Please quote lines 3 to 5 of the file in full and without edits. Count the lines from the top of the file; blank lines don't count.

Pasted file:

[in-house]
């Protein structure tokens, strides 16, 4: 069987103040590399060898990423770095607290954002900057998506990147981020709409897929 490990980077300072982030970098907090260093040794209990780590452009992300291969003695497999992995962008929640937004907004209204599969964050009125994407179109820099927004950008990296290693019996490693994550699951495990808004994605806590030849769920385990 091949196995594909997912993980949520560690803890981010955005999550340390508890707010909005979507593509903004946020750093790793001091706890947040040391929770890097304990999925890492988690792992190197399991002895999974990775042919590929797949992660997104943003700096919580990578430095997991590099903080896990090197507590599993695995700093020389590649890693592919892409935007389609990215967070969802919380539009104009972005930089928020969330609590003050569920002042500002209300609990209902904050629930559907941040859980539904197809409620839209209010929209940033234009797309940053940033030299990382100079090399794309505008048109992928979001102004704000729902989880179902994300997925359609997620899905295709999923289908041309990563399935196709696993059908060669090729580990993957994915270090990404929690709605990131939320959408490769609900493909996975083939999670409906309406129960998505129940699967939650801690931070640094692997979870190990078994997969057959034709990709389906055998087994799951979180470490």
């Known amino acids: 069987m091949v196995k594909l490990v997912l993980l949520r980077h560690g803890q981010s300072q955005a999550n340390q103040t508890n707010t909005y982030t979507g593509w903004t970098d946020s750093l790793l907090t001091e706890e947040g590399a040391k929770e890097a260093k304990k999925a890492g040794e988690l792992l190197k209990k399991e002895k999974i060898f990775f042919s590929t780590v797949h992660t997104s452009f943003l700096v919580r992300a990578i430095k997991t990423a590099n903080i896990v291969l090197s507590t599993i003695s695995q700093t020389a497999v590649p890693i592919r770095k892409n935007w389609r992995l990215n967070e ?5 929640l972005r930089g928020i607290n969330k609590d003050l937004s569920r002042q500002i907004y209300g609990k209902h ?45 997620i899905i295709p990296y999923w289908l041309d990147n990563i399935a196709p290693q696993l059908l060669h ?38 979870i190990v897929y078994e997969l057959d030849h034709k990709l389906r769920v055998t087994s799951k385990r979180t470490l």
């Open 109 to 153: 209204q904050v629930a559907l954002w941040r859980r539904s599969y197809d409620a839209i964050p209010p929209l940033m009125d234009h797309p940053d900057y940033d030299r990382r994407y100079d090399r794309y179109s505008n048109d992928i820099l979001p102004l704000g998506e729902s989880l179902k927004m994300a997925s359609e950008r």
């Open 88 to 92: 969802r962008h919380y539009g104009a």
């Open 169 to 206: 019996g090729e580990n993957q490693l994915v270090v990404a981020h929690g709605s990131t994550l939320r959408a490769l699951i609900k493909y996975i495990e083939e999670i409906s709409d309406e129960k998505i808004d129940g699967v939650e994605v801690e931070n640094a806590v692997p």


């Known amino acids: 069987m091949v196995k594909l490990v997912l993980l949520r980077h560690g803890q981010s300072q955005a999550n340390q103040t508890n707010t909005y982030t979507g593509w903004t970098d946020s750093l790793l907090t001091e706890e947040g590399a040391k929770e890097a260093k304990k999925a890492g040794e988690l792992l190197k209990k399991e002895k999974i060898f990775f042919s590929t780590v797949h992660t997104s452009f943003l700096v919580r992300a990578i430095k997991t990423a590099n903080i896990v291969l090197s507590t599993i003695s695995q700093t020389a497999v590649p890693i592919r770095k892409n935007w389609r992995l990215n967070e ?5 929640l972005r930089g928020i607290n969330k609590d003050l937004s569920r002042q500002i907004y209300g609990k209902h ?45 997620i899905i295709p990296y999923w289908l041309d990147n990563i399935a196709p290693q696993l059908l060669h ?38 979870i190990v897929y078994e997969l057959d030849h034709k990709l389906r769920v055998t087994s799951k385990r979180t470490l």
């Open 109 to 153: 209204q904050v629930a559907l954002w941040r859980r539904s599969y197809d409620a839209i964050p209010p929209l940033m009125d234009h797309p940053d900057y940033d030299r990382r994407y100079d090399r794309y179109s505008n048109d992928i820099l979001p102004l704000g998506e729902s989880l179902k927004m994300a997925s359609e950008r």
């Open 88 to 92: 969802r962008h919380y539009g104009a």